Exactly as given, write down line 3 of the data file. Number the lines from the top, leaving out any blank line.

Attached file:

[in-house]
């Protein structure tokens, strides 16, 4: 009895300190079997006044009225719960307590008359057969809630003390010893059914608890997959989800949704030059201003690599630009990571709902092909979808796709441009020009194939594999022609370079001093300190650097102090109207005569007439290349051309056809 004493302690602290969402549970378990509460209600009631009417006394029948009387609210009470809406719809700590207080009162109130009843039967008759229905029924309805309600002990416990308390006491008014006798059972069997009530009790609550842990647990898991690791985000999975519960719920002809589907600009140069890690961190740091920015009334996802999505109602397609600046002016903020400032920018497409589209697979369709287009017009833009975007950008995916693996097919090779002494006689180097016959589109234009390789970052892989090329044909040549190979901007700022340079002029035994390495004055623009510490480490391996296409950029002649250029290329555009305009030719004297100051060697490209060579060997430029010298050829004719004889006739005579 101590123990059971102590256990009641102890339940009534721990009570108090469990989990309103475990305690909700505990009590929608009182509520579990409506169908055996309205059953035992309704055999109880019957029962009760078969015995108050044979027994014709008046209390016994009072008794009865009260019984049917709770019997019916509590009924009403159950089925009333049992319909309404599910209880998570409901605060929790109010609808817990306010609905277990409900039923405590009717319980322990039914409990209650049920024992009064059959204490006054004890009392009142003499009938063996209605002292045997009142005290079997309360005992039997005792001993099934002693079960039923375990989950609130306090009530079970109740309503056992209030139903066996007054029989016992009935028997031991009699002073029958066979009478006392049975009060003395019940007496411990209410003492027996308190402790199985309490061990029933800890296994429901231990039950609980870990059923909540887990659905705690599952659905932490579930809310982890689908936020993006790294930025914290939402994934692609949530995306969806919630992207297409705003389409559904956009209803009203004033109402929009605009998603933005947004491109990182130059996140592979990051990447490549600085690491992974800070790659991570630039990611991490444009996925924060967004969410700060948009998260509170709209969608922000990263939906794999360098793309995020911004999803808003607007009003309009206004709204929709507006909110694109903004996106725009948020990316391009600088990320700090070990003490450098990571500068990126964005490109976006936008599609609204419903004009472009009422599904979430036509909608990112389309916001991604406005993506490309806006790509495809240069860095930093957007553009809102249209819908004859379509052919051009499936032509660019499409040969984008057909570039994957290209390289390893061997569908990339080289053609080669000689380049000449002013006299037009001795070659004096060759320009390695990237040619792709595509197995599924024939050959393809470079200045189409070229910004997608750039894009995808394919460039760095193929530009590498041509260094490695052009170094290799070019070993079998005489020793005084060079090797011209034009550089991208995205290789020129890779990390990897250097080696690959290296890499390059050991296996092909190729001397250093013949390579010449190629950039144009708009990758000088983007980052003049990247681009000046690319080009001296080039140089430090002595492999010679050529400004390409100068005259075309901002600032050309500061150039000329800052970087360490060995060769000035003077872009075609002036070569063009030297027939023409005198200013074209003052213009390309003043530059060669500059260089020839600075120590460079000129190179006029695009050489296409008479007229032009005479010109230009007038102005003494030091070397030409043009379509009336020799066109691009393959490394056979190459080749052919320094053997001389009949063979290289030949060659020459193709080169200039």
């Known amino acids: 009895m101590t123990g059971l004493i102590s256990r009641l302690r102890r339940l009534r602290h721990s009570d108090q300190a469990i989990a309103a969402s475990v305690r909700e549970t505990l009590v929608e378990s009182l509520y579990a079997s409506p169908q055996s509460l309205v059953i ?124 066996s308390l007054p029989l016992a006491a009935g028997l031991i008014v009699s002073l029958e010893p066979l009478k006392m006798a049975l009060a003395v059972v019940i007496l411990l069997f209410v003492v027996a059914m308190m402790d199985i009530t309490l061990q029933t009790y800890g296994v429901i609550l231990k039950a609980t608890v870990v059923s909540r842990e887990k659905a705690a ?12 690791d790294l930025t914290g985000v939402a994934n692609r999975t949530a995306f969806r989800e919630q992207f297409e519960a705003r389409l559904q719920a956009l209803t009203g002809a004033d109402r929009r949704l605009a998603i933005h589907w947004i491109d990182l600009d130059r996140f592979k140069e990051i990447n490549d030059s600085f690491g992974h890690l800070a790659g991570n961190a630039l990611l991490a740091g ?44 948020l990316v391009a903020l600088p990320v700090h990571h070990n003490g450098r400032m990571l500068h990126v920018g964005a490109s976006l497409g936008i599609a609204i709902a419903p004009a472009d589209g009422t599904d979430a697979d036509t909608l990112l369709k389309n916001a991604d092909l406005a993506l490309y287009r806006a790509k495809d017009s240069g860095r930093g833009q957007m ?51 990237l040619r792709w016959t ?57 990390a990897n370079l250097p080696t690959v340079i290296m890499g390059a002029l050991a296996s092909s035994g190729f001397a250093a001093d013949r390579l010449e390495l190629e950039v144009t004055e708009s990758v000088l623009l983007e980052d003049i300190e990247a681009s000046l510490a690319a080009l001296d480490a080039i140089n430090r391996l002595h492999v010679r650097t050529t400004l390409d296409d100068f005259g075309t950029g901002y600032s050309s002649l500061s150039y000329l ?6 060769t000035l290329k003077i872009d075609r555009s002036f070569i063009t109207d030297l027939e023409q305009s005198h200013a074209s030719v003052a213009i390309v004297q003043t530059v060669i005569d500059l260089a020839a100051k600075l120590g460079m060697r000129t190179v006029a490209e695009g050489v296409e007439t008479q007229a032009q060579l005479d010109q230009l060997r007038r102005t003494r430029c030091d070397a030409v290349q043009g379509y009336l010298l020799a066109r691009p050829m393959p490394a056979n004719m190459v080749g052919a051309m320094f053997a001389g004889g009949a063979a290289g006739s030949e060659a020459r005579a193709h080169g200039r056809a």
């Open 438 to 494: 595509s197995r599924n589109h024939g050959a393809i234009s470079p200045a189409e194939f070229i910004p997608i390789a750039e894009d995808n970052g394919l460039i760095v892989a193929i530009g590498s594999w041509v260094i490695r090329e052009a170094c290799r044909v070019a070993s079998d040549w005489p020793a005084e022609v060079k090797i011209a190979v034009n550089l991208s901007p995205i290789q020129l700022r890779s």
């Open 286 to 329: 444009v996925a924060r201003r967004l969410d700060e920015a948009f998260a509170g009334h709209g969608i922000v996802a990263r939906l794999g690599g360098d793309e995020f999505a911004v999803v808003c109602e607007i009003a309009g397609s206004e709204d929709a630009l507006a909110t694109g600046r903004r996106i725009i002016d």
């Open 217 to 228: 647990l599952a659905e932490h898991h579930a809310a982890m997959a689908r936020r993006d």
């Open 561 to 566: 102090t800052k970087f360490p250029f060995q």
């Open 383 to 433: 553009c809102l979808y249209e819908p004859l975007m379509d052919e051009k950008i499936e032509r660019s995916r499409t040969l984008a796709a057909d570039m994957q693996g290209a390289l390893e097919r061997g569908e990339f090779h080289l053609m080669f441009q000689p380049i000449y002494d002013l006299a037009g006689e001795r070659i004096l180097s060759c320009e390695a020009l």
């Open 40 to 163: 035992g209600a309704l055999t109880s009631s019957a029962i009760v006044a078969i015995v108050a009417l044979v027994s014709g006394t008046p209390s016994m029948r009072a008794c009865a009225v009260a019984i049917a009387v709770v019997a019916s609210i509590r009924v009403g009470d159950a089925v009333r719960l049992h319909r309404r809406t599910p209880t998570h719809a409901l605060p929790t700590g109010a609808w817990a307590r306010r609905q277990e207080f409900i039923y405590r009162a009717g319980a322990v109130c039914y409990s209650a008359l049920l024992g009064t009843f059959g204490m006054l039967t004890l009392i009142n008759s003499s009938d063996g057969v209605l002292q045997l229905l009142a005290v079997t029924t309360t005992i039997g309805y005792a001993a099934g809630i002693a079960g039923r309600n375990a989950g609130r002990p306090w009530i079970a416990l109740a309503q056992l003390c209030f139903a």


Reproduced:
């Known amino acids: 009895m101590t123990g059971l004493i102590s256990r009641l302690r102890r339940l009534r602290h721990s009570d108090q300190a469990i989990a309103a969402s475990v305690r909700e549970t505990l009590v929608e378990s009182l509520y579990a079997s409506p169908q055996s509460l309205v059953i ?124 066996s308390l007054p029989l016992a006491a009935g028997l031991i008014v009699s002073l029958e010893p066979l009478k006392m006798a049975l009060a003395v059972v019940i007496l411990l069997f209410v003492v027996a059914m308190m402790d199985i009530t309490l061990q029933t009790y800890g296994v429901i609550l231990k039950a609980t608890v870990v059923s909540r842990e887990k659905a705690a ?12 690791d790294l930025t914290g985000v939402a994934n692609r999975t949530a995306f969806r989800e919630q992207f297409e519960a705003r389409l559904q719920a956009l209803t009203g002809a004033d109402r929009r949704l605009a998603i933005h589907w947004i491109d990182l600009d130059r996140f592979k140069e990051i990447n490549d030059s600085f690491g992974h890690l800070a790659g991570n961190a630039l990611l991490a740091g ?44 948020l990316v391009a903020l600088p990320v700090h990571h070990n003490g450098r400032m990571l500068h990126v920018g964005a490109s976006l497409g936008i599609a609204i709902a419903p004009a472009d589209g009422t599904d979430a697979d036509t909608l990112l369709k389309n916001a991604d092909l406005a993506l490309y287009r806006a790509k495809d017009s240069g860095r930093g833009q957007m ?51 990237l040619r792709w016959t ?57 990390a990897n370079l250097p080696t690959v340079i290296m890499g390059a002029l050991a296996s092909s035994g190729f001397a250093a001093d013949r390579l010449e390495l190629e950039v144009t004055e708009s990758v000088l623009l983007e980052d003049i300190e990247a681009s000046l510490a690319a080009l001296d480490a080039i140089n430090r391996l002595h492999v010679r650097t050529t400004l390409d296409d100068f005259g075309t950029g901002y600032s050309s002649l500061s150039y000329l ?6 060769t000035l290329k003077i872009d075609r555009s002036f070569i063009t109207d030297l027939e023409q305009s005198h200013a074209s030719v003052a213009i390309v004297q003043t530059v060669i005569d500059l260089a020839a100051k600075l120590g460079m060697r000129t190179v006029a490209e695009g050489v296409e007439t008479q007229a032009q060579l005479d010109q230009l060997r007038r102005t003494r430029c030091d070397a030409v290349q043009g379509y009336l010298l020799a066109r691009p050829m393959p490394a056979n004719m190459v080749g052919a051309m320094f053997a001389g004889g009949a063979a290289g006739s030949e060659a020459r005579a193709h080169g200039r056809a």